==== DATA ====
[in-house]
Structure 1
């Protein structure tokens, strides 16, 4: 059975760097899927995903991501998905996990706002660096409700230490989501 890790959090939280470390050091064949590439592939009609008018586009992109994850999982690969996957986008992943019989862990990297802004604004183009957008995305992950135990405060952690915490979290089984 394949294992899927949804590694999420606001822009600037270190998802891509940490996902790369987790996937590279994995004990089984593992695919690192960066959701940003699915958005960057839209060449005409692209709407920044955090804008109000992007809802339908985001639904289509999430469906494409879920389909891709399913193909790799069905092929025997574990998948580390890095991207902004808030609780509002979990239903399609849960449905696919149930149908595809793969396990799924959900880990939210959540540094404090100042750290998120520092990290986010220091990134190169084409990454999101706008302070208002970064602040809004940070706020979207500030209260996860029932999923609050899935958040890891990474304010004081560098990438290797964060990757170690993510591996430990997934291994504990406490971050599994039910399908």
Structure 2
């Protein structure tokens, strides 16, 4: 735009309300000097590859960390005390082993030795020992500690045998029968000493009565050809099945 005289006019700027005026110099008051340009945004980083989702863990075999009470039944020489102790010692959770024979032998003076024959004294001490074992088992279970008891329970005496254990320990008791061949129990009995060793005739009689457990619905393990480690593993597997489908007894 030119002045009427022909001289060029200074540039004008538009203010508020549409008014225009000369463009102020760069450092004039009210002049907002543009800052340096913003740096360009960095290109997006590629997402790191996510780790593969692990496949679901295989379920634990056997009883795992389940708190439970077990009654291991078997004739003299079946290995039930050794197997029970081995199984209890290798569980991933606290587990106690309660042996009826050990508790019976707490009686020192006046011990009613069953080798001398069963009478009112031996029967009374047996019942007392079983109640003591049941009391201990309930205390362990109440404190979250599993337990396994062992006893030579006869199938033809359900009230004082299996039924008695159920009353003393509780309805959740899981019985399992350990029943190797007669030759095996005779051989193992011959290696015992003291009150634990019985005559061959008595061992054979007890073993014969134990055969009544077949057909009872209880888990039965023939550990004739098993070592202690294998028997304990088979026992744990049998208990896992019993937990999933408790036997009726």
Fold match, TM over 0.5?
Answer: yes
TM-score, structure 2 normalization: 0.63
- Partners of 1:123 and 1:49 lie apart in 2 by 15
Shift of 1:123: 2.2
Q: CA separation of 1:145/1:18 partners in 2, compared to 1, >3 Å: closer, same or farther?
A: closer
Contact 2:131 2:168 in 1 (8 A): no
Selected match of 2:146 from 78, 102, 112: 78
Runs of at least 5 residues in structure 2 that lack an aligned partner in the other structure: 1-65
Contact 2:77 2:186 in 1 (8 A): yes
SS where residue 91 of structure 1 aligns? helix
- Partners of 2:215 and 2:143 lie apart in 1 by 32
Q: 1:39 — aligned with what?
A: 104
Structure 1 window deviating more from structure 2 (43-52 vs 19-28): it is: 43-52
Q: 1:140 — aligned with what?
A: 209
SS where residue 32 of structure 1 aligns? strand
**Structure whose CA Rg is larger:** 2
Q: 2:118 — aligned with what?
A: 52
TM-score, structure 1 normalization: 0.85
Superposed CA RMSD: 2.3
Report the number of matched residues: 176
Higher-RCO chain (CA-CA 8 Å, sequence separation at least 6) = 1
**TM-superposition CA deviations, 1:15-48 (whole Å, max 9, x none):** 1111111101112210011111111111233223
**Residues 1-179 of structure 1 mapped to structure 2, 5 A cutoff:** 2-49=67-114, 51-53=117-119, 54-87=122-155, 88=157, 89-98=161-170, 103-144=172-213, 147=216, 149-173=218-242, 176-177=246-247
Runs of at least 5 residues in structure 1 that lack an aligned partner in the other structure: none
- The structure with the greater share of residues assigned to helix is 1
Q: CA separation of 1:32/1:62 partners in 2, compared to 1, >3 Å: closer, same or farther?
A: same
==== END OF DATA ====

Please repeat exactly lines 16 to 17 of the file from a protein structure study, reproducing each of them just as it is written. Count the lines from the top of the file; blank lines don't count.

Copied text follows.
Contact 2:77 2:186 in 1 (8 A): yes
SS where residue 91 of structure 1 aligns? helix